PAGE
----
[UPDATE: Bertoncini was banned from Magic for 18 months by the DCI on December 15th. The announcement can be found here.]
[Publisher’s Note: I started this blog as a venue to talk about and publish things that would not make it onto the mainstream Magic sites. I also have a long history of catching people who cheat at Magic and detailing their exploits. What Drew details here will be controversial to some, but the evidence presented is about as damning as it gets. That said, if Alex wants to tell his side of the story, I will agree to host and promote that as well. — CardGame]
A joke, to start us off:
It’s Saturday night at a Grand Prix. A group of people are sitting around a table, having dinner, chatting about nothing in particular. The subject of Alex Bertoncini comes up.
One says, “Oh! Did you hear that story about him cheating?”
Another chimes in, “Yeah, I heard it!”
Yet another, “Weird. Me too.”
One of the players stops, then points across the table at the first person. “Wait a minute, what’s your story?”
They listen. Brows furrow. The second person says, “Hmm…I heard a different story.” They go around the table.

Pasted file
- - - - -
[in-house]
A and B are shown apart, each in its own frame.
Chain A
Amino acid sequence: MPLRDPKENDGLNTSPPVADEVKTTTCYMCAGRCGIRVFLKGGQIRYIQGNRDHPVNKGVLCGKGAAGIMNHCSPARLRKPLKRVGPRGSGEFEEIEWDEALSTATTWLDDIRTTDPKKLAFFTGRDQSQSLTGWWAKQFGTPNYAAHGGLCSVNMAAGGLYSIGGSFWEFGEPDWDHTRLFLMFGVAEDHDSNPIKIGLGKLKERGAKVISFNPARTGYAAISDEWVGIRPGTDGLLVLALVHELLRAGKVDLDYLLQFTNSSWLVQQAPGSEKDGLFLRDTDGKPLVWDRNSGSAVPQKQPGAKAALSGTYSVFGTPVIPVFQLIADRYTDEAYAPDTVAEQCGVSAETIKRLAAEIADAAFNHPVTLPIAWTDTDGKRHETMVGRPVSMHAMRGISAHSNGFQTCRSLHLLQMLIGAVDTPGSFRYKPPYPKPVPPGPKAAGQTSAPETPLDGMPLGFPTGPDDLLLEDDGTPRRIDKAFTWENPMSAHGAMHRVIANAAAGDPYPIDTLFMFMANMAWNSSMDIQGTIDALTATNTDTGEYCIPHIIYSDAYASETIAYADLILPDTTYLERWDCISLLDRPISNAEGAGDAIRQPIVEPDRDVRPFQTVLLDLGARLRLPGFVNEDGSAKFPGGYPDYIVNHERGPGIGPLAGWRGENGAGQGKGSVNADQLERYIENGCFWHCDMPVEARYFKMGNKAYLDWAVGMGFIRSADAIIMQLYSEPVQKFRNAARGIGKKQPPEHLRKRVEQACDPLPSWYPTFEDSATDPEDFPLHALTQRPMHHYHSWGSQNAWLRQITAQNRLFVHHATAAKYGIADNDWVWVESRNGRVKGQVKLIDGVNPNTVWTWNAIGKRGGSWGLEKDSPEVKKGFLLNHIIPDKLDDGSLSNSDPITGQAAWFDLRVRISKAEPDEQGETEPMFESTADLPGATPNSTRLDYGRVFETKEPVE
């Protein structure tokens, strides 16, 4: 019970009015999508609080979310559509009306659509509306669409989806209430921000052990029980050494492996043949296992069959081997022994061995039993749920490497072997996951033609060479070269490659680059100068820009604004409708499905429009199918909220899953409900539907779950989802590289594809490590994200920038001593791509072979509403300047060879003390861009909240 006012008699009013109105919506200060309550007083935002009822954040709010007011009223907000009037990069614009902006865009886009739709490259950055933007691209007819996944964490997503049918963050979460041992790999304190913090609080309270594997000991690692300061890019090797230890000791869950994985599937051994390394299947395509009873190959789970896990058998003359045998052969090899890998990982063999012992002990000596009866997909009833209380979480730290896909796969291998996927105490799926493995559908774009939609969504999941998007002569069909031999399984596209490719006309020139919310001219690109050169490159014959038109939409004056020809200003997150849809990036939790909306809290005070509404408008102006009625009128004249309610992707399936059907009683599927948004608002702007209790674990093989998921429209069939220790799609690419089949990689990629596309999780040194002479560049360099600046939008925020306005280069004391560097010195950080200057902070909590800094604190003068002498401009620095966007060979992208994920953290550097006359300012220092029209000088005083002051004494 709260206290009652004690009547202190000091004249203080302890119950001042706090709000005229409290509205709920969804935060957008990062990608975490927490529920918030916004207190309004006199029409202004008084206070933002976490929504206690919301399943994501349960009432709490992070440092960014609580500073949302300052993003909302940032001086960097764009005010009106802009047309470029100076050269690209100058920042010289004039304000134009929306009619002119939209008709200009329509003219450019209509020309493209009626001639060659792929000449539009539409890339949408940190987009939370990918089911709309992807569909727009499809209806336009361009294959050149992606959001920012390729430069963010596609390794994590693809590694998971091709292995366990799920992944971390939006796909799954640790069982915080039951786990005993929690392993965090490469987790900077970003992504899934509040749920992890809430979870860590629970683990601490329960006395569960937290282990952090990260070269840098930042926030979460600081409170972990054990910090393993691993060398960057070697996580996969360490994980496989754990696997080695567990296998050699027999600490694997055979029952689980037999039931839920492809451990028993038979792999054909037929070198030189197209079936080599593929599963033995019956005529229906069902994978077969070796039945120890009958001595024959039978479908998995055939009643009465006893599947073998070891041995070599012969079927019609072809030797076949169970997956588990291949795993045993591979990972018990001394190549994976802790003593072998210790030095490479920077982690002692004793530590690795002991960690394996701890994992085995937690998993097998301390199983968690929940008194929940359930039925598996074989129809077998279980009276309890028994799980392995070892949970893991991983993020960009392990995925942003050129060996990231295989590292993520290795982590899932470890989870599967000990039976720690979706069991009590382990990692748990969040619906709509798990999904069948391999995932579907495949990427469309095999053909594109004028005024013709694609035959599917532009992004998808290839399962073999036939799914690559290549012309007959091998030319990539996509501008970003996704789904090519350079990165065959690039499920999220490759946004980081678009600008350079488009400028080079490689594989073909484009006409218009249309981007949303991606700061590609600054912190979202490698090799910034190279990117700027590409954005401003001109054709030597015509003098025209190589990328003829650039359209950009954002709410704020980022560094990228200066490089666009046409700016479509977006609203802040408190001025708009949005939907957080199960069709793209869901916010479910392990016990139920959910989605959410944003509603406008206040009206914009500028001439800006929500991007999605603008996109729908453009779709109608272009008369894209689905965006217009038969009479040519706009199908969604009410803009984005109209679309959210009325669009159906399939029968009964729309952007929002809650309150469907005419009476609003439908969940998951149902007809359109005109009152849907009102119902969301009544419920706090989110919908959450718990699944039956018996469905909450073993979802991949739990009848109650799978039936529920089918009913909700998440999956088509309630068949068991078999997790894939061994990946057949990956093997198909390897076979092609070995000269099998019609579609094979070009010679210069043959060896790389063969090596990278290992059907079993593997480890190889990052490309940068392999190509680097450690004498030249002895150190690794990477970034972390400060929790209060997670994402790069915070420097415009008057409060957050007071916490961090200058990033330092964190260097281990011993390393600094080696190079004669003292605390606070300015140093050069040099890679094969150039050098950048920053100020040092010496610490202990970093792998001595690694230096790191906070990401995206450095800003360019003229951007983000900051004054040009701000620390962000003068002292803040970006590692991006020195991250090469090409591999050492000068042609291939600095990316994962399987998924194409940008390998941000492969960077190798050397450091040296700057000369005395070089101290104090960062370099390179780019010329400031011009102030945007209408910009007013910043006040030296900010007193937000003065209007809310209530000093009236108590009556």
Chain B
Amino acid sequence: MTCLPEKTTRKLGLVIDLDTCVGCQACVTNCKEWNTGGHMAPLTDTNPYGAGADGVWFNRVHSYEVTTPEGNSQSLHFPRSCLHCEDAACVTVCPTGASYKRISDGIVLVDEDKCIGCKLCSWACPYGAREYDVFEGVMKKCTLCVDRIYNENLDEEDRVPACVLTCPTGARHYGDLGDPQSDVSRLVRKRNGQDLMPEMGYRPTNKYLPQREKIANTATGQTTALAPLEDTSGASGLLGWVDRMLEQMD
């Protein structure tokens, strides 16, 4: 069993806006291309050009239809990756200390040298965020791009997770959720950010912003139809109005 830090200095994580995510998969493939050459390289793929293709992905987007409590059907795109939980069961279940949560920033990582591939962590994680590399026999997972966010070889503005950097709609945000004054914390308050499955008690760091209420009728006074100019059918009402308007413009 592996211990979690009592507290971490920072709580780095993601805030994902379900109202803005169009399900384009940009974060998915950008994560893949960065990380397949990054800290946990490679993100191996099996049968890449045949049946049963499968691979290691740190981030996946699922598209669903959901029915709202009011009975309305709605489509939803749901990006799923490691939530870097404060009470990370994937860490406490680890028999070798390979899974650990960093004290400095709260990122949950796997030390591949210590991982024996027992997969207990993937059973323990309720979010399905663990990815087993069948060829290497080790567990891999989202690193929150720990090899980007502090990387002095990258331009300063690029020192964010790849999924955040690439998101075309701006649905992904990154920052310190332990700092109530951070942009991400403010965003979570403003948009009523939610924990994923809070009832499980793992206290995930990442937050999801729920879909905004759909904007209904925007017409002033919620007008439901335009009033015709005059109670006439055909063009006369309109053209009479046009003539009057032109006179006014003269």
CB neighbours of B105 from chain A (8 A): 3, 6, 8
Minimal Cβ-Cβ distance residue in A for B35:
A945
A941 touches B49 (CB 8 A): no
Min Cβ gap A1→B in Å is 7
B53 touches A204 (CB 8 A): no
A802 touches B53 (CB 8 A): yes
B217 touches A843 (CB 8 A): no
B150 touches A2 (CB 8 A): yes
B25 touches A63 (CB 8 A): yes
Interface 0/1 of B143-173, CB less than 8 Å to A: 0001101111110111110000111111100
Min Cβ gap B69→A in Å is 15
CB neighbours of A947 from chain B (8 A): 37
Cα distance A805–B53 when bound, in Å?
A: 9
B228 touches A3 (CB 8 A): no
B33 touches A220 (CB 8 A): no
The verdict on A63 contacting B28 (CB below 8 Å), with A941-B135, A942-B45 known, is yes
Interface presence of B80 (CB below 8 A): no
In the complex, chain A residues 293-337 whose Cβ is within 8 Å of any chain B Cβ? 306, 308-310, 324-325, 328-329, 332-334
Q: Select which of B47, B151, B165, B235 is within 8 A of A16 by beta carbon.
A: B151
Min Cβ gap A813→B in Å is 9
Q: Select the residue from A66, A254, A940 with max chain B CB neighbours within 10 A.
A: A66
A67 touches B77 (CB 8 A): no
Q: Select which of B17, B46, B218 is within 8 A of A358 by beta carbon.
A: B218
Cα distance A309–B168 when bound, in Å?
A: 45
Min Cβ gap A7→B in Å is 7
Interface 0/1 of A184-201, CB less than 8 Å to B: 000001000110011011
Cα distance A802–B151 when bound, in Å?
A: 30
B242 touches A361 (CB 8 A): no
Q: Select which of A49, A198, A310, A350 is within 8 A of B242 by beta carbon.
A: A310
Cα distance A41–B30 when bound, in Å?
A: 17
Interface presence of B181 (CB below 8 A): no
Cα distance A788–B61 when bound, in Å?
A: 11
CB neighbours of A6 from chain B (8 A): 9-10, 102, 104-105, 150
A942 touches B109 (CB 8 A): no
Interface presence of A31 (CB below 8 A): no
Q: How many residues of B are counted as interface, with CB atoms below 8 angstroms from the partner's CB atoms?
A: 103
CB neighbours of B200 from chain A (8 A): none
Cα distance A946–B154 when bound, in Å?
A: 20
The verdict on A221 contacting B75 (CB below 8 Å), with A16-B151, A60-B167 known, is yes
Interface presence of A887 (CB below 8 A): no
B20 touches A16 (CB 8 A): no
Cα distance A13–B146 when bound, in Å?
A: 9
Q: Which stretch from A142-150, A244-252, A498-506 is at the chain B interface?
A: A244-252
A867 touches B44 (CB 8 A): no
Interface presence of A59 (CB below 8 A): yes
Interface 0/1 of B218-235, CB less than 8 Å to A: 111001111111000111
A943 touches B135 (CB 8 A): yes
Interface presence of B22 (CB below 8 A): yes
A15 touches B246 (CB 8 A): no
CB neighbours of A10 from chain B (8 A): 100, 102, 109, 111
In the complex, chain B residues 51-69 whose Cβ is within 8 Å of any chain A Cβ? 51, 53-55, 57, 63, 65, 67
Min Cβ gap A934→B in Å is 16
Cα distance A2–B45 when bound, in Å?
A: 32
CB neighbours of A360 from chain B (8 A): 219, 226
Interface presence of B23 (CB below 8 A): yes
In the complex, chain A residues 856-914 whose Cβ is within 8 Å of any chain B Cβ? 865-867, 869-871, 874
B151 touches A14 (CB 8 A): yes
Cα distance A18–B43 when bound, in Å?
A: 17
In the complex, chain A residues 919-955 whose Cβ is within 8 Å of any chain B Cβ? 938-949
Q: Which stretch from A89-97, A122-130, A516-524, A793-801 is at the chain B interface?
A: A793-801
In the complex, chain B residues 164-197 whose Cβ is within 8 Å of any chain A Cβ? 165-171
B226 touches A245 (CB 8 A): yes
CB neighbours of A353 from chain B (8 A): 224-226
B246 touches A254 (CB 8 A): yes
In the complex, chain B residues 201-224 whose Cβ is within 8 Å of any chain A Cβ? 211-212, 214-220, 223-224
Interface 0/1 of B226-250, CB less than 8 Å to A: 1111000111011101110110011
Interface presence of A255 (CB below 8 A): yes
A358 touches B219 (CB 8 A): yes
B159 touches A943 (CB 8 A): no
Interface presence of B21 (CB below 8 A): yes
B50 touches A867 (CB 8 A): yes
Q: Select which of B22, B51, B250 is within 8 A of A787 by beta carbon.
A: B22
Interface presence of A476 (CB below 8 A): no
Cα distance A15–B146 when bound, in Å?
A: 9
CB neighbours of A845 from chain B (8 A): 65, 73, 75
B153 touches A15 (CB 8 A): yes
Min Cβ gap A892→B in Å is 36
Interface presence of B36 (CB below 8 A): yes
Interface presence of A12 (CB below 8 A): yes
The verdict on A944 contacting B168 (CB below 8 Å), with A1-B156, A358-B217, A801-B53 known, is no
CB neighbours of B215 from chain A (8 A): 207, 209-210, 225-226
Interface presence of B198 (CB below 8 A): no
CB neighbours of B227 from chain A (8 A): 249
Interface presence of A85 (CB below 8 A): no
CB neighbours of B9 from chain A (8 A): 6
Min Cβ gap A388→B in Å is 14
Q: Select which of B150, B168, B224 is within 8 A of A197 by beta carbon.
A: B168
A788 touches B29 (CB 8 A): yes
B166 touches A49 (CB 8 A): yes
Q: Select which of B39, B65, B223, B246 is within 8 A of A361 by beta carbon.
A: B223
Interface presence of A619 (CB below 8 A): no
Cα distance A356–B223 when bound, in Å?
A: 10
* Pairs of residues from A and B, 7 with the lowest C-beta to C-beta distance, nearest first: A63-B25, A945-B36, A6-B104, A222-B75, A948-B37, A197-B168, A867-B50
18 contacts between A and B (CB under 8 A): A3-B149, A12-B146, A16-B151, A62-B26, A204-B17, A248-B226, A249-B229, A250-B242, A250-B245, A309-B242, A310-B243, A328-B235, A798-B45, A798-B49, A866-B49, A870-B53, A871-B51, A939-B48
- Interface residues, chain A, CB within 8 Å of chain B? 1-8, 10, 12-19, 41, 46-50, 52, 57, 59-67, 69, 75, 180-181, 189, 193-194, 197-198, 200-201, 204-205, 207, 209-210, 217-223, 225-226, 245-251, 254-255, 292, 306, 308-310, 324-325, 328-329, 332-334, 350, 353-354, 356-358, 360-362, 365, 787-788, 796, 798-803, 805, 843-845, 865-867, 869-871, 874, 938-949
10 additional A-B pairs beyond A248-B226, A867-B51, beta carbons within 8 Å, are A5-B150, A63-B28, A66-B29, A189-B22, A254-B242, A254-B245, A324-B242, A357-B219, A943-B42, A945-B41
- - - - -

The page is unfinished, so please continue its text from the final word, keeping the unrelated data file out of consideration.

Six players, six different stories of Alex cheating.
I met Alex Bertoncini three years ago. I was barely a player then – I played awfully, knew nothing about deckbuilding, and I didn’t know what I was doing in the tournament scene. Alex was relatively new to the competitive scene as well, having seen his first real tournament success with Faeries earlier in the year. As an avid coverage reader, I knew his name. As an 18-year-old who respected – no, admired – status far too much, I wanted to befriend him.
Over the next few years, I got to know Alex. I stayed at his house, he stayed at mine, we drove with each other to tournaments, shared rooms, worked on decks, discussed tech, and talked about life. For a time, I considered him my best friend.
To understand this article, you have to understand that I am not impartial. Objectivity doesn’t exist. My actions at various points are colored by emotion. Sometimes this turns out well and sometimes it does not. Still, before you judge everything else, understand that this is someone I once trusted deeply and stopped trusting primarily because I felt strongly that he had cheated me and cheated the game that we bonded over.